CASTIGLIONE, BALDASSARE (1478–1529), Italian diplomatist and man of letters, was born at Casanatico near Mantua, and was educated at Milan under the famous professors Merula and Chalcondyles. In 1496 he entered the service of Lodovico Sforza, duke of Milan, returning to Mantua in 1500 when Lodovico was carried prisoner into France. In 1504 he was attached to the court of Guidobaldo Malatesta, duke of Urbino, and in 1506 he was sent by that prince on a mission to Henry VII. of England, who had before conferred on Federigo Malatesta, “the Good Duke,” the most famous mercenary of his age, the order of the Garter. Guidobaldo dying childless in 1508, the duchy of Urbino was given to Francesco Maria della Rovere, for whom Castiglione, envoy at the court of Leo X. (Medici), obtained the office of generalissimo of the Papal troops. Charged with the arrangement of the dispute between Clement VII. (Medici) and Charles V., Castiglione crossed, in 1524, into Spain, where he was received with highest honours, being afterwards naturalized, and made bishop of Avila. In 1527, however, Rome was seized and sacked by the Imperialists under Bourbon, and in July of the same year the surrender of the castle of Sant’ Angelo placed Clement in their hands. Castiglione had been tricked by the emperor, but there were not wanting accusations of treachery against himself. He had, however, placed fidelity highest among the virtues of his ideal “courtier,” and when he died at Toledo in 1529 it was said that he had died of grief and shame at the imputation. The emperor mourned him as “one of the world’s best cavaliers.” A portrait of him, now at the Louvre, was painted by Raphael, who disdained neither his opinion nor his advice.
Castiglione wrote little, but that little is of rare merit. His verses, in Latin and Italian, are elegant in the extreme; his letters (Padua, 1769–1771) are full of grace and finesse. But the book by which he is best remembered is the famous treatise, Il Cortegiano, written in 1514, published at Venice by Aldus in 1528, and translated into English by Thomas Hoby as early as 1561. This book, called by the Italians Il Libra d’oro, and remarkable for its easy force and undemonstrative elegance of style no less than for the nobility and manliness of its theories (see the edition by V. Cian, Florence, 1894), describes the Italian gentleman of the Renaissance under his brightest and fairest aspect, and gives a charming picture of the court of Guidobaldo da Montefeltre, duke of Urbino, “confessedly the purest and most elevated court in Italy.” In the form of a discussion held in the duchess’s drawing-room—with Elizabetta Gonzaga, Pietro Bembo, Bernardo Bibbiena, Giuliano de’ Medici, Emilia Pia, and Ceretino the Unique among the speakers—the question, What constitutes a perfect courtier? is debated. With but few differences, the type determined on is the ideal gentleman of the present day.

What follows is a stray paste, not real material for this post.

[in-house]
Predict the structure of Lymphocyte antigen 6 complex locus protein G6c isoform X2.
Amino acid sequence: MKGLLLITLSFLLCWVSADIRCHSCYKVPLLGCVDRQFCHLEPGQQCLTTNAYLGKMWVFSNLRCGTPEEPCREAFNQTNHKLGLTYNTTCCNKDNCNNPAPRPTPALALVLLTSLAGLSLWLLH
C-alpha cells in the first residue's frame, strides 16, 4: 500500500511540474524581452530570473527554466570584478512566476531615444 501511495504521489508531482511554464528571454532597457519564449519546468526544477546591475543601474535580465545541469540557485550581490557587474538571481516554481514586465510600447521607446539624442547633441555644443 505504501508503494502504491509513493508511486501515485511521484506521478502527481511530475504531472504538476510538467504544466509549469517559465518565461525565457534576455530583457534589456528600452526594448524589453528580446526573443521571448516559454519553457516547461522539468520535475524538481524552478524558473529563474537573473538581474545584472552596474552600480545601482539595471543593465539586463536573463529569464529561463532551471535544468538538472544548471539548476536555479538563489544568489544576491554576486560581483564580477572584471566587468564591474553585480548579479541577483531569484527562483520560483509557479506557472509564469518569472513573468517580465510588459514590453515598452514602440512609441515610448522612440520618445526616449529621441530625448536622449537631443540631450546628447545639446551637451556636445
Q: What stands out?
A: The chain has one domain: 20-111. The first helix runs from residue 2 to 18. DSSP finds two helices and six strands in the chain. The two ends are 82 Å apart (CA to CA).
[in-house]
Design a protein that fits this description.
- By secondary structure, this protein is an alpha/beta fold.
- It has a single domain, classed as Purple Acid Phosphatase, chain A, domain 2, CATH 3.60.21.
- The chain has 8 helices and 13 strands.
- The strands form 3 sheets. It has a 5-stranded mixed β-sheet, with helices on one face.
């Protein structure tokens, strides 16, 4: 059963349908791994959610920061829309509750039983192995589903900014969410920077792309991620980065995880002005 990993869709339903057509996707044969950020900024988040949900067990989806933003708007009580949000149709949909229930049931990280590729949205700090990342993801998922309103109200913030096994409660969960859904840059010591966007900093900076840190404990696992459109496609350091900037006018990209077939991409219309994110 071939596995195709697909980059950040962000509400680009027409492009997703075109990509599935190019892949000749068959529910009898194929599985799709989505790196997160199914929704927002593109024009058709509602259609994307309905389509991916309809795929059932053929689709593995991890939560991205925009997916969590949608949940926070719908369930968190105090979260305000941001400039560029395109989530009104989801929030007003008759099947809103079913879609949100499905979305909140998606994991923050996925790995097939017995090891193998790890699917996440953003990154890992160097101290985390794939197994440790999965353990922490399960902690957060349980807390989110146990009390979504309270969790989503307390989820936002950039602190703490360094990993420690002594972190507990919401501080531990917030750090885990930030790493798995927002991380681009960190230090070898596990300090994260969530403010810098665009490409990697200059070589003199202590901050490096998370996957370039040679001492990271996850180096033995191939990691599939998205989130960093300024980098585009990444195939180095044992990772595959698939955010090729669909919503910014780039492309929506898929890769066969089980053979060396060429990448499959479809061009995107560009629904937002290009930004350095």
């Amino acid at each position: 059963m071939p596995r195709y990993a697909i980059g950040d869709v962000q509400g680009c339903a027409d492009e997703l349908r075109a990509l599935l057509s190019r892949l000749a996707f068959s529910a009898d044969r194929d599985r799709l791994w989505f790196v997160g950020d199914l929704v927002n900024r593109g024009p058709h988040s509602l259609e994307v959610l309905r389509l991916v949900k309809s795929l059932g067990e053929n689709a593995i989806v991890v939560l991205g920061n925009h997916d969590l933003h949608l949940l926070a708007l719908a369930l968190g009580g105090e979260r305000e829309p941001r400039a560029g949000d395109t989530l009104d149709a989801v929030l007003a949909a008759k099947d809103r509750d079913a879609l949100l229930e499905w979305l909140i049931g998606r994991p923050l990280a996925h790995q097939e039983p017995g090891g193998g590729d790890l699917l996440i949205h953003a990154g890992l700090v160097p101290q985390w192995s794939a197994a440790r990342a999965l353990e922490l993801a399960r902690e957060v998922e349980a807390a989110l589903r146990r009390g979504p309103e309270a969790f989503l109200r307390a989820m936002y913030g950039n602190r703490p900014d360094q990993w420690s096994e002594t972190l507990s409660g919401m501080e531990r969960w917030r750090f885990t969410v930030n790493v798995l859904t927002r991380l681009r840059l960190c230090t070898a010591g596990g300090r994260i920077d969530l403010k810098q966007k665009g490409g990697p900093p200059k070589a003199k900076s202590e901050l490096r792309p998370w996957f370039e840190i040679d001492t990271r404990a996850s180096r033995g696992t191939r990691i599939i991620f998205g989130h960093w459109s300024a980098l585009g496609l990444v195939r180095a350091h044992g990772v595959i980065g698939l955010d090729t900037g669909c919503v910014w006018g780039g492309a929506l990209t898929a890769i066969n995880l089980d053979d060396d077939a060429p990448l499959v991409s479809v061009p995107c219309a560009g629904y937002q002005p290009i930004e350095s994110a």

See P. L. Ginguené, Histoire littéraire de l’Italie, vi., vii.; J. A. Symonds, The Renaissance in Italy (London, 1875); C. Hare, Courts and Camps of the Italian Renaissance (1908); Julia Cartwright, B. Castiglione, the Perfect Courtier (1908), with good bibliography.